Pine emperor moth / Nudaurelia clarki

Pine emperor moth / Nudaurelia clarki
Nudaurelia clarki

Nudaurelia cytherea Fabr

Larvae defoliate pine trees.

The larva moults 6 times and thus has 7 instars. The first three instars freed gregariously on pine needles. The first instar is approximately 5 mm in length and reddish brown in colour with long hairs sprouting from the tubercles on the back. The larva loses the long hairs after the second moult and subsequently have shorter spiny hairs on warty excrescences across the segments. The third instar to the seventh have opalescent disks of different colours arranged in a band pattern across the orange or maroon coloured segments that changes from blue to green to yellow to green to blue. The final instar can be up to 13 cm long and 2 cm thick (Tooke and Hubbard 1941).

The young pupa is red in colour and the colour fades to black. Pupae are 4 to 5 cm in length and can be found in the soil beneath the pine needles up to a depth of 5 cm (Tooke and Hubbard 1941).

The moths are variable in size the body can be up to 5 cm long and the wingspan can be up to 15 cm wide. The dominant wing colour ranges from bright yellow to a darker brown. There is an eye spot on each of the four wings. The size of the eye spots on the hind wings are larger than those on the forewings. The middle of the spots are transparent and four concentric coloured rings surround the eye spots, yellow, black, pink and maroon from the middle moving outward. There is variation between individuals in these coloured rings in some specimens the pink is replaced by white and in darker individuals the maroon ring blends in with the brown main colour of the wing (Tooke and Hubbard 1941).

Different strains of the pine emperor are known, and they have variation with regards to their life cycles and where they are found. For the strain feeding on pine in the Kwazulu-Natal and Mpumalanga provinces, the lifecycle can be described as follows. The pupal phase lasts up to 6 months and these can be found in the soil from June through to February. Adult moths emerge in February and fly around until May. The adult can live for up to 10 days and females lay between 150 to 200 eggs singly or in clusters of varying sizes. Females have been recorded to fly as far as 1.8 km and males 5.2 km (Van Den Berg 1974). Eggs can be found from February through to April and larvae are found from March to August. Depending on the environment the eggs last from 26 up to 84 days before hatching (Tooke and Hubbard 1941; Geertsema and Van den Berg 1973).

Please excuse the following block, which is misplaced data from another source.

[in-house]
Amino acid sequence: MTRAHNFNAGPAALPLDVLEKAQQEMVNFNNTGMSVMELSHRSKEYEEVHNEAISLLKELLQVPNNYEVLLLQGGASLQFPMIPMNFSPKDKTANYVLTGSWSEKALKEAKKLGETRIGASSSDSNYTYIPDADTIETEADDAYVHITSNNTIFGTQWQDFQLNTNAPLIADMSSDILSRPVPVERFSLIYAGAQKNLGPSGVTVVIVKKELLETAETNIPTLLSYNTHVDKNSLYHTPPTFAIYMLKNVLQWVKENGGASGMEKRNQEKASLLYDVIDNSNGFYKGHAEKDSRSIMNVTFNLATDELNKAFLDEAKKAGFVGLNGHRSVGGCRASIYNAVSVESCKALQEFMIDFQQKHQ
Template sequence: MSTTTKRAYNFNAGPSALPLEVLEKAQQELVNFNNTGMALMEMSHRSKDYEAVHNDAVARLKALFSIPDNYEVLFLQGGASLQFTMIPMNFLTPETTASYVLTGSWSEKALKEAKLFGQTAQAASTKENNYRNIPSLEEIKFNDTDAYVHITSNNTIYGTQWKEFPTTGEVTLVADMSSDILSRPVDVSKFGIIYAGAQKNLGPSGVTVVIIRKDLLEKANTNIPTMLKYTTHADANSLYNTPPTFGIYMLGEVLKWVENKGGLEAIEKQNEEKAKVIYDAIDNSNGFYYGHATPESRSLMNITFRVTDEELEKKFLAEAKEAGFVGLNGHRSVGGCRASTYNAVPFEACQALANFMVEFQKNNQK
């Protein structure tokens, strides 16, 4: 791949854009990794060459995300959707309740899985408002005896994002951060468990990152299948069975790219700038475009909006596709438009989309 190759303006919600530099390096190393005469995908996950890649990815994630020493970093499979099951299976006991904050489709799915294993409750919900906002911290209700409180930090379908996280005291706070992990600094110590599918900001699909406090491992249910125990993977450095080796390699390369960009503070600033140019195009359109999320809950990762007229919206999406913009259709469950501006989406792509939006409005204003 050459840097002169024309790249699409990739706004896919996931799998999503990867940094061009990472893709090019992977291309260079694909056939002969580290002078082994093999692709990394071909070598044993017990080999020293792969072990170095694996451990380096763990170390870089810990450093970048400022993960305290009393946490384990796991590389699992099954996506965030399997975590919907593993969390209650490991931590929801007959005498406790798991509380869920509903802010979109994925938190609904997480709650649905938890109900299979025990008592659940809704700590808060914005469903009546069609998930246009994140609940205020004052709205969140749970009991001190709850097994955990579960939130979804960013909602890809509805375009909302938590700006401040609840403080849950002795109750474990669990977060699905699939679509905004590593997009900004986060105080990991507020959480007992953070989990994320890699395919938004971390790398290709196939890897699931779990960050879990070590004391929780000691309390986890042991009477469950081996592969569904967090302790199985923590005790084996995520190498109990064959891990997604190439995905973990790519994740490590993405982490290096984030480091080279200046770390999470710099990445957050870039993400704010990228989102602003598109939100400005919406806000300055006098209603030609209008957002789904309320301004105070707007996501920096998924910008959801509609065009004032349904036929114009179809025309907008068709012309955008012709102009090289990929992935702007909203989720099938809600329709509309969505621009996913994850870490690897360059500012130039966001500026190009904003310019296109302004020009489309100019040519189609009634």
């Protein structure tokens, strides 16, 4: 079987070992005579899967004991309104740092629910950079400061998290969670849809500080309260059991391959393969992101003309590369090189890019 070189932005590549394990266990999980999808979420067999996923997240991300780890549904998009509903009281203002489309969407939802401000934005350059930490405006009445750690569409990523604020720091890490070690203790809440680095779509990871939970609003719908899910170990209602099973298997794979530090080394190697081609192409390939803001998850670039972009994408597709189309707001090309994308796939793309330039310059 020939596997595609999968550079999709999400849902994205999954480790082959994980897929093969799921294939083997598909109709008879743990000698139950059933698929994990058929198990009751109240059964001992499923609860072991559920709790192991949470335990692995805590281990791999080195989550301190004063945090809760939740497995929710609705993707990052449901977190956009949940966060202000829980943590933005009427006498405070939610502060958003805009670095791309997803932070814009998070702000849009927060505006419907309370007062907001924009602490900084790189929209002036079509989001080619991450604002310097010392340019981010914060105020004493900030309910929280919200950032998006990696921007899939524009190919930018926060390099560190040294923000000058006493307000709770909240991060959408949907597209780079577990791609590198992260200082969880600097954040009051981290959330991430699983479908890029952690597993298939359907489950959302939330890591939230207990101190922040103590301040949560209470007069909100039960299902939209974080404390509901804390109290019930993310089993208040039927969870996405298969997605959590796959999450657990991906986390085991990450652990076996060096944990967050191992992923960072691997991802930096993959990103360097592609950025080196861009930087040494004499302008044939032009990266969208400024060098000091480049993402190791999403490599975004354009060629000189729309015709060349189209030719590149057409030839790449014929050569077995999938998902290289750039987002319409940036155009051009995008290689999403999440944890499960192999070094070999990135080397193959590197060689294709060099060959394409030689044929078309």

Natural enemies are present but chemical control may be needed to manage infestations.

The first record of the pine emperor was recorded in sketches by Sims (1903) during 1896 to 1903 (Geertsema and Van den Berg 1973).
Eastern Cape, KwaZulu-Natal, Mpumalanga, Western Cape
Various pine species.
Africa, Southern Africa, Western Cape, Mpumalanga, KwaZulu-Natal, Swaziland (Geertsema and Van den Berg 1973)


Adult moth showing eye spots
Larva feeding on pine needles
larvae feeding on pine
Adult female (top) and male (bottom) moths
Eggs on pine needles

Tooke FGC, Hubbard C. 1941). The pine tree emperor moth Nadaurelia cytherea capensis, Stoll. Pretoria

Henderson HR, Warren FL, Augustyn POH, et al. 1973. Isolation and structure of the sex-pheromone of the moth, Naduarelia cytherea. J Insect Physiology19:1257-1264

Van Den Berg MA. 1974. Flight activity, dispersion and longevity of adults of Naduarelia cytherea clarki Geertsema (Lepidoptera:Saturniidae). Journal of the Entomological Society of South Africa 37:67-71

Van den Berg MA. 1979. Research on forest and timber insects in South Africa since 1899. Phytophylactica 11: 69-78.